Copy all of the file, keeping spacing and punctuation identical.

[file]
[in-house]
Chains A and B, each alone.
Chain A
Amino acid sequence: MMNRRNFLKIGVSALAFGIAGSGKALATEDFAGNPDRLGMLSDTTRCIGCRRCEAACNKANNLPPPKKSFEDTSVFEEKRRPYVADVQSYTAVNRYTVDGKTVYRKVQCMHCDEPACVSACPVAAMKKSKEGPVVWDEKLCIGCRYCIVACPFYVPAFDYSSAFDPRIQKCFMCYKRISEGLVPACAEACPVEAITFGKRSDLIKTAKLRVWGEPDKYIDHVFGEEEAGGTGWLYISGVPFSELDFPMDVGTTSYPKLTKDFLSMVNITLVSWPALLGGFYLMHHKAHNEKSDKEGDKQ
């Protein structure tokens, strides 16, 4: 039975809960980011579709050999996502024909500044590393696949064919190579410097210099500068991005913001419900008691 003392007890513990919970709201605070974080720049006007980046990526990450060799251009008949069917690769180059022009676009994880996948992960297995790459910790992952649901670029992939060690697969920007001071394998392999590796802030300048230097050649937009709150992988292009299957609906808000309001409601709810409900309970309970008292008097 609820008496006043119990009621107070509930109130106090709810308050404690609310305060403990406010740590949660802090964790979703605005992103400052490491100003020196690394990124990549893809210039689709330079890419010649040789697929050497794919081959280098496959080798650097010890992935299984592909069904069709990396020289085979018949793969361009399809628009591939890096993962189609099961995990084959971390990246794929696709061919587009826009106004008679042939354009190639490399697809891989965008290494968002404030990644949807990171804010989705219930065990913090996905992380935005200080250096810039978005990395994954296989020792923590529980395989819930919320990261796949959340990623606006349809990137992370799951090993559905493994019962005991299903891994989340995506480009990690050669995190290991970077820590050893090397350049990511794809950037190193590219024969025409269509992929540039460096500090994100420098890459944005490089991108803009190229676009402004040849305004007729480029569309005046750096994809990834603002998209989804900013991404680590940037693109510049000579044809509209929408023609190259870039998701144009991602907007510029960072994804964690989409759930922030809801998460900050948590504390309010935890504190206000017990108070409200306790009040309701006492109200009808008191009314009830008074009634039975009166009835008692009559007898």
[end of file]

[in-house]
Chains A and B, each alone.
Chain A
Amino acid sequence: MMNRRNFLKIGVSALAFGIAGSGKALATEDFAGNPDRLGMLSDTTRCIGCRRCEAACNKANNLPPPKKSFEDTSVFEEKRRPYVADVQSYTAVNRYTVDGKTVYRKVQCMHCDEPACVSACPVAAMKKSKEGPVVWDEKLCIGCRYCIVACPFYVPAFDYSSAFDPRIQKCFMCYKRISEGLVPACAEACPVEAITFGKRSDLIKTAKLRVWGEPDKYIDHVFGEEEAGGTGWLYISGVPFSELDFPMDVGTTSYPKLTKDFLSMVNITLVSWPALLGGFYLMHHKAHNEKSDKEGDKQ
């Protein structure tokens, strides 16, 4: 039975809960980011579709050999996502024909500044590393696949064919190579410097210099500068991005913001419900008691 003392007890513990919970709201605070974080720049006007980046990526990450060799251009008949069917690769180059022009676009994880996948992960297995790459910790992952649901670029992939060690697969920007001071394998392999590796802030300048230097050649937009709150992988292009299957609906808000309001409601709810409900309970309970008292008097 609820008496006043119990009621107070509930109130106090709810308050404690609310305060403990406010740590949660802090964790979703605005992103400052490491100003020196690394990124990549893809210039689709330079890419010649040789697929050497794919081959280098496959080798650097010890992935299984592909069904069709990396020289085979018949793969361009399809628009591939890096993962189609099961995990084959971390990246794929696709061919587009826009106004008679042939354009190639490399697809891989965008290494968002404030990644949807990171804010989705219930065990913090996905992380935005200080250096810039978005990395994954296989020792923590529980395989819930919320990261796949959340990623606006349809990137992370799951090993559905493994019962005991299903891994989340995506480009990690050669995190290991970077820590050893090397350049990511794809950037190193590219024969025409269509992929540039460096500090994100420098890459944005490089991108803009190229676009402004040849305004007729480029569309005046750096994809990834603002998209989804900013991404680590940037693109510049000579044809509209929408023609190259870039998701144009991602907007510029960072994804964690989409759930922030809801998460900050948590504390309010935890504190206000017990108070409200306790009040309701006492109200009808008191009314009830008074009634039975009166009835008692009559007898």